• Purchase your tickets before your get to the park.
• Take advantage of the Disney photographers. Even if you do not purchase their photos, they will also take pictures for you, so do not be afraid to ask them to do so!
• Bring your own snacks – Disney allows you to brings food and dinks (at least plastic bottles) into the parks
• Purchase most of your souvenirs from Magic Kingdom, but know Target has cheaper items just down the road.
•Take your time and enjoy Camp Minnie-Mickey. Your kids will love dancing and playing with the characters, as well as story time with Pocahontas.

Related Articles:
Magic Kingdom for Preschoolers: Best and Worst
Disney World for Preschoolers

Monday, July 12, 2010

Magic Kingdom for Preschoolers: My Suggested Preschool Tour (2 of 2)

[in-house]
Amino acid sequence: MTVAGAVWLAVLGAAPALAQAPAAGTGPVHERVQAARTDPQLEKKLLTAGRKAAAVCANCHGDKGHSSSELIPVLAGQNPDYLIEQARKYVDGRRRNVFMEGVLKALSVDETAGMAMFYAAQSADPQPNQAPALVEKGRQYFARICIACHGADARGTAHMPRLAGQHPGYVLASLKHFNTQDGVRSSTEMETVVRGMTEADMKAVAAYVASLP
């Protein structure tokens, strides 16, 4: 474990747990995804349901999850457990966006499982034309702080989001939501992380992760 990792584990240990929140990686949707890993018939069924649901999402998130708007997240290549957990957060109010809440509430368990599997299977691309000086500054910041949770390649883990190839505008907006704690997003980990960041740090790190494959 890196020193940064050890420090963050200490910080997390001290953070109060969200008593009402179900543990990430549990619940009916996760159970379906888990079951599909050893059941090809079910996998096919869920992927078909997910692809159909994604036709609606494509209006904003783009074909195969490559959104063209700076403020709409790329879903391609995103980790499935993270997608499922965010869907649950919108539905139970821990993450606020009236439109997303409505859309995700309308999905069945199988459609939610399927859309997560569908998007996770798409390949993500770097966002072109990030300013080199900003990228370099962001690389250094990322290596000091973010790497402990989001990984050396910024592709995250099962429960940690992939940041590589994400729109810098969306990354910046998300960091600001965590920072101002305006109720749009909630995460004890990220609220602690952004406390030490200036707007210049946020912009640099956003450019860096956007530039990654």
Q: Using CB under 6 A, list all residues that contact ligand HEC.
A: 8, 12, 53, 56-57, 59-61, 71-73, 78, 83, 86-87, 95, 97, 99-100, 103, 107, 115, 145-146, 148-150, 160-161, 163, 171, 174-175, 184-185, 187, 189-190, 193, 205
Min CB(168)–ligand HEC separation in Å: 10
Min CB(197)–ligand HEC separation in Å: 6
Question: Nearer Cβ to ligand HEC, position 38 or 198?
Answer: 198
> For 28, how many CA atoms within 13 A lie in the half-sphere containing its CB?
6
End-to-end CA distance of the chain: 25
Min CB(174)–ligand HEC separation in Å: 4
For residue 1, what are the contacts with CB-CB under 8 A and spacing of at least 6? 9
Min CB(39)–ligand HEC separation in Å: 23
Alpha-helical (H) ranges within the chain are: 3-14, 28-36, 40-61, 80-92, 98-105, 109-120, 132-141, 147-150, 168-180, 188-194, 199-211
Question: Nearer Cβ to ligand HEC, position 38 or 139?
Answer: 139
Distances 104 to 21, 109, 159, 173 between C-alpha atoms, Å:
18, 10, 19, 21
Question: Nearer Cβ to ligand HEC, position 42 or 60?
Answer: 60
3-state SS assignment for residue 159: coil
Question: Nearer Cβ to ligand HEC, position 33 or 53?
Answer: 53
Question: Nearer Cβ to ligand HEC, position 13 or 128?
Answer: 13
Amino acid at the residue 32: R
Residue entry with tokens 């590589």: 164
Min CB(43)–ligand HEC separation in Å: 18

This is my Magic Kingdom Preschool Touring Guide. If you are planning on spending multiple days at Magic Kingdom, do what you can the first day and do the rest the second day. Whatever you do, stay late one night to catch "Summer Nightastic Fireworks," you will be glad you did!

My Suggested Preschool Tour:
1. Dumbo the Flying Elephant
2. The Many Adventures of Winnie the Pooh (Indoor)
3. “It’s a Small World” (Indoor)
4. Prince Charming Regal Carrousel
5. Fairytale Garden – Storytime with Belle
6. Jungle Cruise
7. The magic Carpets of Aladdin
8. Lunch at Pecos Bill Tall Tale Inn and Café
9. Country Bear Jamboree
10. Take Walt Disney World Railroad from Frontierland to Mickey’s Toontown Fair
11. Toontown Hall of Fame Tent (Meet the Princesses)
12. The Barnstormer at Goofy’s Wiseacre
13. Tour Mickey & Minnie’s house
14. Mad Tea Party
15. Cosmic Ray’s Starlight Cafe
16. Tomorrowland Speedway
17. Buzz Lightyear’s Space Ranger Spin (Indoor)
18. Monsters, Inc. Laugh Floor
19. Nighttime Electrical Parade
20. Summer Nightastic Fireworks

Helpful tips:
• Arrive at the park by 8:15AM or 45 minutes before it opens.